Rapid assessment of calcium carbide ripened bananas using machine-learning assisted laser Raman spectroscopy.
Odongo, Kennedy O
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Fruit ripening is usually a natural process in which fruits undergo various chemical and physical changes before they become palatable. New artificial ways of fruit ripening have been developed as a result of recent breakthroughs in agricultural technology mainly to meet market demands and to deal with the logistics of storage and transportation. However, this practice has become a concern because of the human health risks resulting from the uncontrolled use of ripening agents which contain toxic elements. For instance industrial grade calcium carbide has impurities of arsenic and phosphorus as well as other heavy metals. High intake of these elements is known to cause neurological disorders such has cerebral edema and memory loss as well as carcinogenic disorders like cancer of the colon, lungs and peptic ulcers. Hardly is there a method capable of rapidly and non-invasively assessing artificial ripeners in fruits (ARF) with reliability and accuracy. The wet chemical techniques conventionally used such as the various forms of chromatography are time consuming, destructive, costly and involve laborious sample preparations. This work aims at developing a rapid and non-invasive technique for assessing calcium carbide ripened bananas using machine-learning (ML) assisted laser Raman spectroscopy (LRS). In this study, Raman spectra was recorded from naturally and carbide ripened banana samples using a 785 nm laser for excitation. The bananas were ripened using calcium carbide with concentrations ranging from 0.240 g/L to 2.0 g/L. Exploratory analysis using PCA revealed that clustering of the carbide ripened samples was due to the presence of sulfur, acetylene, calcium hydroxide and phosphine impurities contained in CaC2. These molecules have Raman bands centered at 480 cm-1 (S-S bond stretching), 612 cm-1 (C-H asymmetric bending), 780 cm-1 (O-H bending) and 979 cm-1 (P-H stretching) respectively. Classification and quantification of CaC2 concentrations used in ripening was achieved using the following ML algorithms: support vector machine, artificial neural networks and random forest. High correct classification accuracies were realized (>85 %) in the ML classification models. Furthermore, the performance of the regression models showed good performance as indicated by high R2 values (>0.95) and the low RMSEP values (<0.34g/L) when predicting test data sets. Banana samples collected from local markets around Nairobi were found to have been ripened by CaC2 (up to 1.30 g/L) using the optimized LRS conditions and ML models developed in this work. Therefore, ML-assisted LRS allows for rapid and direct assessment of artificial ripeners in fruits. The findings of this study will aid in the development of spectral libraries for use in food safety analysis procedures involving fruits.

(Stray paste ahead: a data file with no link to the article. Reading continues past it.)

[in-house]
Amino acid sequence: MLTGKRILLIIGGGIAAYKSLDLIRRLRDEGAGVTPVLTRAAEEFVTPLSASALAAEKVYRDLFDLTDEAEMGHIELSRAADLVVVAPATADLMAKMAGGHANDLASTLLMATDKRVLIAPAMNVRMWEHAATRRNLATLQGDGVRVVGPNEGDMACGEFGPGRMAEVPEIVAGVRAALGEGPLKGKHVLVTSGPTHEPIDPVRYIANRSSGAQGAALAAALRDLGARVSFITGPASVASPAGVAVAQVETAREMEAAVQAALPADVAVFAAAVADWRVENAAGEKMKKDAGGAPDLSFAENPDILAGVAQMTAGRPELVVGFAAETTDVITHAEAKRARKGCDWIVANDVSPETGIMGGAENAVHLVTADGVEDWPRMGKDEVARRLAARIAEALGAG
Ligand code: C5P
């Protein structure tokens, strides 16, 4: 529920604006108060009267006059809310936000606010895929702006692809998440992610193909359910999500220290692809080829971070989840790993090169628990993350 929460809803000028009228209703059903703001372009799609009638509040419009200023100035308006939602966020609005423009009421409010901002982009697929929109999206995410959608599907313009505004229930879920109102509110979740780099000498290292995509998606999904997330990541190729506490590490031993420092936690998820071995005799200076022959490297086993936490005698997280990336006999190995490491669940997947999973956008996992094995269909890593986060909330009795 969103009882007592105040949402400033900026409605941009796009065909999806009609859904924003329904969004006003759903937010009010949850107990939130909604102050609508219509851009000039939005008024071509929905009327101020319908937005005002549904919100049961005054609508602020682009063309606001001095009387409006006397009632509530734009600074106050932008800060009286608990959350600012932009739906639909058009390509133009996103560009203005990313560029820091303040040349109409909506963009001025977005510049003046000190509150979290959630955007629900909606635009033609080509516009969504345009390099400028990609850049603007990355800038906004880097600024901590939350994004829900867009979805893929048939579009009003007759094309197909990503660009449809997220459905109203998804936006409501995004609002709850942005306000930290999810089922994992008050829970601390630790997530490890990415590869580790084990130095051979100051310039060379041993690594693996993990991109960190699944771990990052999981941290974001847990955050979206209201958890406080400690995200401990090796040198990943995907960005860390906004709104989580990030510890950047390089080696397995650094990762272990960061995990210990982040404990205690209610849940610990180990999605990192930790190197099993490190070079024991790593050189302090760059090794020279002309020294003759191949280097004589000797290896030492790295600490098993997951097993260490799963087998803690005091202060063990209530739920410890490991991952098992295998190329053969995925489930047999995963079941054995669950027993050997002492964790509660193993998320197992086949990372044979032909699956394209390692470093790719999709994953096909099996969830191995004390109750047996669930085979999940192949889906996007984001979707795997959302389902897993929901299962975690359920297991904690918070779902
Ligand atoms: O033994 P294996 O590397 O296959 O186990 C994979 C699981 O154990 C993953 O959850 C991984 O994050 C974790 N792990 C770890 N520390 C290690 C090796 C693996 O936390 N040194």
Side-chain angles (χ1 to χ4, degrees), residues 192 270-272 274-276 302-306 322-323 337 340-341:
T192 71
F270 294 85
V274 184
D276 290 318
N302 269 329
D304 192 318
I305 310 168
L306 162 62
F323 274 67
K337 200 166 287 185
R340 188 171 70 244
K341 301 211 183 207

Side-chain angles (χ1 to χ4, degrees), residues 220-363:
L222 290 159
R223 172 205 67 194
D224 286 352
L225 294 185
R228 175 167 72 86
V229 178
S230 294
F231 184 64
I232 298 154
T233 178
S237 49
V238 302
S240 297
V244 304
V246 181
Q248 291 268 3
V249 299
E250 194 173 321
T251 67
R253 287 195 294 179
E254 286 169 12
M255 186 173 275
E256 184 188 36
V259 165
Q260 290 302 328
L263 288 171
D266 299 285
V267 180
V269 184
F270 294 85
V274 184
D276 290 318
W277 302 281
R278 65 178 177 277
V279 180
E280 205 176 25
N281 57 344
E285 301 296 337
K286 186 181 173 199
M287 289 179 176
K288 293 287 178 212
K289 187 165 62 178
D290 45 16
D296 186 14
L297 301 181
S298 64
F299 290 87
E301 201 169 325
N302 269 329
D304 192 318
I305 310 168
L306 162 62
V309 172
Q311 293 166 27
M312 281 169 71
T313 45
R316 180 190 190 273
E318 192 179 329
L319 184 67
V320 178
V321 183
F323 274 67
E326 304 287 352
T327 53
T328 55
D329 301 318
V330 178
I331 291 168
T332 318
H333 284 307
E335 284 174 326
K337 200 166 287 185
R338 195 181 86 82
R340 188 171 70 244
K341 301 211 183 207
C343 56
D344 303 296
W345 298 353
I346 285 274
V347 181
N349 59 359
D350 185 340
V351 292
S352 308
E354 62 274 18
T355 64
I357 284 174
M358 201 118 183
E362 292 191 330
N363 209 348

University of Nairobi
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